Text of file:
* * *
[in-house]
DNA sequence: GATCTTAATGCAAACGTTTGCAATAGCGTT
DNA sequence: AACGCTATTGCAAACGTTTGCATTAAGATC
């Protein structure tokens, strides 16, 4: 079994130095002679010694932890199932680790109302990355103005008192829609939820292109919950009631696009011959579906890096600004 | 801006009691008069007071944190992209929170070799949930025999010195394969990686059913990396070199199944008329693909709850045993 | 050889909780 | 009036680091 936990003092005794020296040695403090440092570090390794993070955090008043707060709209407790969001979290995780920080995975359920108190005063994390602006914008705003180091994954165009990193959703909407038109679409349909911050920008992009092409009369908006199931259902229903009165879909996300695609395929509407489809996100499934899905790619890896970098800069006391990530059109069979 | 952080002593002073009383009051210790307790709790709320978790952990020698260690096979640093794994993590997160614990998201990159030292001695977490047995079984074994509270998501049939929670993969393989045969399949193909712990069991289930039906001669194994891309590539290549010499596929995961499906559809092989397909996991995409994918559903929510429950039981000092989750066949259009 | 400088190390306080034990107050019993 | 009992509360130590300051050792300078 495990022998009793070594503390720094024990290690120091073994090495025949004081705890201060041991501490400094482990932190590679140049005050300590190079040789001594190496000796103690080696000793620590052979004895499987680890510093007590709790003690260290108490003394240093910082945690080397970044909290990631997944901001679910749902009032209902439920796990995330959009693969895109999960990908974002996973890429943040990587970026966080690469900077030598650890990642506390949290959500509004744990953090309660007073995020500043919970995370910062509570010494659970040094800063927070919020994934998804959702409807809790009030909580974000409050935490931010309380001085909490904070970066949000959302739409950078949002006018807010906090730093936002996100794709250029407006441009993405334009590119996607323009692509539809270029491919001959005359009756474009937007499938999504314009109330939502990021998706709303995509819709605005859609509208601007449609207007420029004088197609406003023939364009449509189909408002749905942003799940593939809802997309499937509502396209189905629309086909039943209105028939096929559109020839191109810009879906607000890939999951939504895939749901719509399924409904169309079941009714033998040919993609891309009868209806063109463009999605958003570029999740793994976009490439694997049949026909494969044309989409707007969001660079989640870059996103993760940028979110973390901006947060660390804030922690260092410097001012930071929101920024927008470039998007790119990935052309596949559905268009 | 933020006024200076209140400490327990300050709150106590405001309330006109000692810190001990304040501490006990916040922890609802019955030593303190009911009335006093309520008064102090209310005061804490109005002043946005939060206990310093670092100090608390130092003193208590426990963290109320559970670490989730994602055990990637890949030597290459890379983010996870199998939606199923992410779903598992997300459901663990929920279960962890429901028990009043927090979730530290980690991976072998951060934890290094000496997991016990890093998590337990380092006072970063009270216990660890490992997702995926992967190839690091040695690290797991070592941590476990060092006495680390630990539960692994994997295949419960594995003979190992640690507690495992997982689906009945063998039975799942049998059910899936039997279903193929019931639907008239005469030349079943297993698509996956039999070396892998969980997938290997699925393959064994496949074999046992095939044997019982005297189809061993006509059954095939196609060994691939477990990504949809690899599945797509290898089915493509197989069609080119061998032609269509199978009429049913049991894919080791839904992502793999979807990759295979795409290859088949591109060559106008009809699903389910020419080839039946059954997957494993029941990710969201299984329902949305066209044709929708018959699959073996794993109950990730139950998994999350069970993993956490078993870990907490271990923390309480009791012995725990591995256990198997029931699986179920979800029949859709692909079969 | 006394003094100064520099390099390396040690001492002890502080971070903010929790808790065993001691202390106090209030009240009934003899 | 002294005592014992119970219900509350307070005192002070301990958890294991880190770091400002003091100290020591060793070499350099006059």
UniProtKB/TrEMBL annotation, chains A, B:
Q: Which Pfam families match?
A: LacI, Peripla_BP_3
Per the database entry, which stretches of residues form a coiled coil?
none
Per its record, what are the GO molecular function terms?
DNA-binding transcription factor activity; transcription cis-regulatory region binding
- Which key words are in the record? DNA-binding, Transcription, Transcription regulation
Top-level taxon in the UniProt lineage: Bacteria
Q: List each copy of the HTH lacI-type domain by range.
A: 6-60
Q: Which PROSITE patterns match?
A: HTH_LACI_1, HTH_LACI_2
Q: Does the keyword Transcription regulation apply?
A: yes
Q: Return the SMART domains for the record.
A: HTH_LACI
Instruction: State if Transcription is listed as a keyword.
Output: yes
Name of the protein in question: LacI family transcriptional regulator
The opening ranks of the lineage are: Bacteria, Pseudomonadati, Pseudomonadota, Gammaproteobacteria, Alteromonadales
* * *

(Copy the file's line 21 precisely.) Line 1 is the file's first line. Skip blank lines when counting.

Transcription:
A: HTH_LACI